As capable as Justin Williams is at darting around opponents and finding open spaces of ice in the offensive zone, he was just as natural introducing himself and his teammates to patients and clients of Children’s Hospital Los Angeles, many of whom are engaged in battles much more profound than the ones that the Kings face on the ice.
“We want to brighten the day any possible way, whether it be acting like a fool, or signing a stick, just doing something to put a smile on their face to take their mind off of why they’re here,” Williams said.
It isn’t an easy task, and the bravery shown by the children currently undergoing major medical procedures and rehabilitation is a representation of courage in its most sharply defined form.
“It’s a little eye-opening. Me and Mitchie were just talking – it really puts stuff in perspective,” Kyle Clifford said. “We’re fortunate enough to go to the rink every day and play hockey, and you come here and you see these kids that are kind of battling for their lives. It definitely puts things into perspective.”
The trio of Williams, Drew Doughty and Jonathan Quick visited patients on the sixth floor and spent several minutes with David, a 12-year-old who lost his father and underwent an amputation of his left leg following a car accident earlier in the month.
Reserved at first, David warmed quickly to the group and proudly announced he was a St. Louis Cardinals fan when asked if he followed baseball. It was a surprising declaration – but one that brought smiles to the three Kings in the room.
“You just have to make sure that when you walk in that they know who you are, and they know what you do, and ask them if it’s OK to have a picture with them,” Williams said. “But most of the reaction is great, and even if you can help just one kid throughout the day forget about the reason he’s here, then it’s worth it for coming.”
The visit touched on the personal experiences of certain players who have been on the other end of hospital visits.
“It definitely does,” Dustin Brown affirmed. “With my second one, Mason, he was nine weeks early, and he was in the hospital for a month. Unfortunately – and fortunately – I got to see how good hospitals can be, especially with young children. It makes a big difference not only for the kid, but I think for the parents as well. With a hospital like CHLA, it goes a long way. I think when you have kids, it kind of puts everything in perspective.”
The visit is one of several links between the team and the hospital. Dustin Brown brought the Stanley Cup to CHLA less than a month after the team hoisted it on home ice and paraded it down Figueroa Street, and the Platelets for Playoffs blood drive has developed into a major success every spring.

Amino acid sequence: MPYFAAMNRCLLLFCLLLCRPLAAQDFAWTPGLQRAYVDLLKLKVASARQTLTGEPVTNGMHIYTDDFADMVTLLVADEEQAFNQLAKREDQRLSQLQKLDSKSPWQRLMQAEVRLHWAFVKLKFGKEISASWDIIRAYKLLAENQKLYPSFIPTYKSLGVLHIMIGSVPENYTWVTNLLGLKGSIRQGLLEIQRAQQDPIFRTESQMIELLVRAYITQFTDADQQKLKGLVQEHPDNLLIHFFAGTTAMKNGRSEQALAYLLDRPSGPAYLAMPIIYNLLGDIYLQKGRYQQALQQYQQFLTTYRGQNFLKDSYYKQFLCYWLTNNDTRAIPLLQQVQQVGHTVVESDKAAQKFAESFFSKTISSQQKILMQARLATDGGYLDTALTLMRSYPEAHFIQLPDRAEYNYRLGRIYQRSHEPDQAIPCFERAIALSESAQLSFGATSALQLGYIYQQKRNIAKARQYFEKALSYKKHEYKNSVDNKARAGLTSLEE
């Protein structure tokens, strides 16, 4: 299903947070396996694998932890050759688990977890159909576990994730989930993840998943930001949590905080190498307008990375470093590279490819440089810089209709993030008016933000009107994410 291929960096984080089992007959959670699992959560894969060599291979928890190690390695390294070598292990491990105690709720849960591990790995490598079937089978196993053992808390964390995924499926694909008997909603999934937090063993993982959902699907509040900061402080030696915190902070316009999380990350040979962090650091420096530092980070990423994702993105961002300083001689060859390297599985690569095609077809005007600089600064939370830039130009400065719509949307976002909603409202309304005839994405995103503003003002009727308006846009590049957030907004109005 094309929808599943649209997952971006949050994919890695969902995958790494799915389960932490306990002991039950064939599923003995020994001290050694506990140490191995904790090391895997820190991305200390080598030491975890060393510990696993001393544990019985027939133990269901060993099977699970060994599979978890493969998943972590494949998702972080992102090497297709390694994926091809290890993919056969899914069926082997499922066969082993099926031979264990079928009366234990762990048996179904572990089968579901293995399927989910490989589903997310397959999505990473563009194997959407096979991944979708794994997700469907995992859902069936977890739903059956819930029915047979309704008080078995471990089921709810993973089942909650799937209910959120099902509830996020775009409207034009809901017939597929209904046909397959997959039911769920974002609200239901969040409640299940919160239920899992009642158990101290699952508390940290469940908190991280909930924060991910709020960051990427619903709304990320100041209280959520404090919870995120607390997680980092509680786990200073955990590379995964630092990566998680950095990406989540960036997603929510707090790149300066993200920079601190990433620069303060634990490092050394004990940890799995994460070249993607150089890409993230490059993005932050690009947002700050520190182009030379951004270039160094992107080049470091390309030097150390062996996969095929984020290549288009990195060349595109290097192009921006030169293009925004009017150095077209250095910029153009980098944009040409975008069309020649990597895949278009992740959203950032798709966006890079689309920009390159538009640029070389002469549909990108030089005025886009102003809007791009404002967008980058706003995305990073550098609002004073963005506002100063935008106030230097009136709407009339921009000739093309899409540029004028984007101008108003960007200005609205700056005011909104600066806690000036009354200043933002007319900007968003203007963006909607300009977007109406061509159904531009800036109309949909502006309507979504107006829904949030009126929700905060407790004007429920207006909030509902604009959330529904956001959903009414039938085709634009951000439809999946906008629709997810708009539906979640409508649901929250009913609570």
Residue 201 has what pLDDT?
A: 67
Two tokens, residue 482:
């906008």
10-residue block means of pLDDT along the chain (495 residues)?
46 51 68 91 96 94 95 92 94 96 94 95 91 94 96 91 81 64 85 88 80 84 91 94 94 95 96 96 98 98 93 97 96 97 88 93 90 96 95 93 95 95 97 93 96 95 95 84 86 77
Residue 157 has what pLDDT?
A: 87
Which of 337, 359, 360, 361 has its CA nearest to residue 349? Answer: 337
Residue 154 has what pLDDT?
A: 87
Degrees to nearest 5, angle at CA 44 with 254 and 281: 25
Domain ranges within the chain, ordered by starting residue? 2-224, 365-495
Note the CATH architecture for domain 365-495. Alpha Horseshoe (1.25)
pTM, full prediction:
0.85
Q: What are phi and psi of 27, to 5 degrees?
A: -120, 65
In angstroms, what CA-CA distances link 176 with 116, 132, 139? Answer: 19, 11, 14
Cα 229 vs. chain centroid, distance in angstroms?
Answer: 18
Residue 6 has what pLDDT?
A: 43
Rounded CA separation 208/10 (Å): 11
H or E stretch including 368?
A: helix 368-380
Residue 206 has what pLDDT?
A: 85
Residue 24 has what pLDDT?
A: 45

The partnership between the Kings and Children’s Hospital Los Angeles arose in the late 1980’s and was strengthened during the infancy of the Kings Care Foundation. Television color commentator Jim Fox, who created King Care, recalled a CHLA event early in Wayne Gretzky’s tenure with the team.
It was before the days of being tethered to an electronic device, and after concluding a practice in Culver City, he had lost track of Gretzky’s whereabouts. It had been planned that the superstar center would be a centerpiece of the presentation that day, but he was difficult to track down at that precise moment.
It didn’t take long for Fox to find Gretzky at the hospital.
“Wayne’s there, talking to all the nurses and doctors and all the kids, and having a great time. You heard the stories about Wayne being so conscientious, and that was my first personal experience with that. If you told him to be somewhere, he was going to be somewhere, and you really didn’t have to worry about it,” Fox said.
“He was new to Los Angeles, but everyone knew who he was. He was holding court, so to speak, with all the doctors and the nurses. There were some kids – it was in a main room before we went on a regular tour for the kids. He certainly had them captivated.”
Some 25 years later, that link between team and city remains strong.
“It’s really wonderful because Children’s Hospital is a key part of a community, and it’s one of the things that makes Los Angeles great,” said Pathologist in Chief, Dr. Alex Judkins. “So it’s fantastic to see the Kings come to our house, as it were, and it helps the kids who are here really know that people in the community know and thing about them, and feel connected to the stuff that reminds them about being healthy and happy in their lives.”
“One of the things that requires a little bit of thoughtfulness and grace and working with kids, is just to know that the good that you do, you don’t always see. It’s also great for the players to come, and hopefully they know what a huge difference they make, even though they might not see it right there at that moment in the room.”
Justin Williams, who will be featured riding to the rink with FOX Sports West reporter Alex Curry in a segment that will air during next week's Kings Weekly, spoke on behalf of the 23 players who made the trip.
“This is my favorite team thing that we do, because it involves children, and we can learn a lot from them in a lot of ways.”
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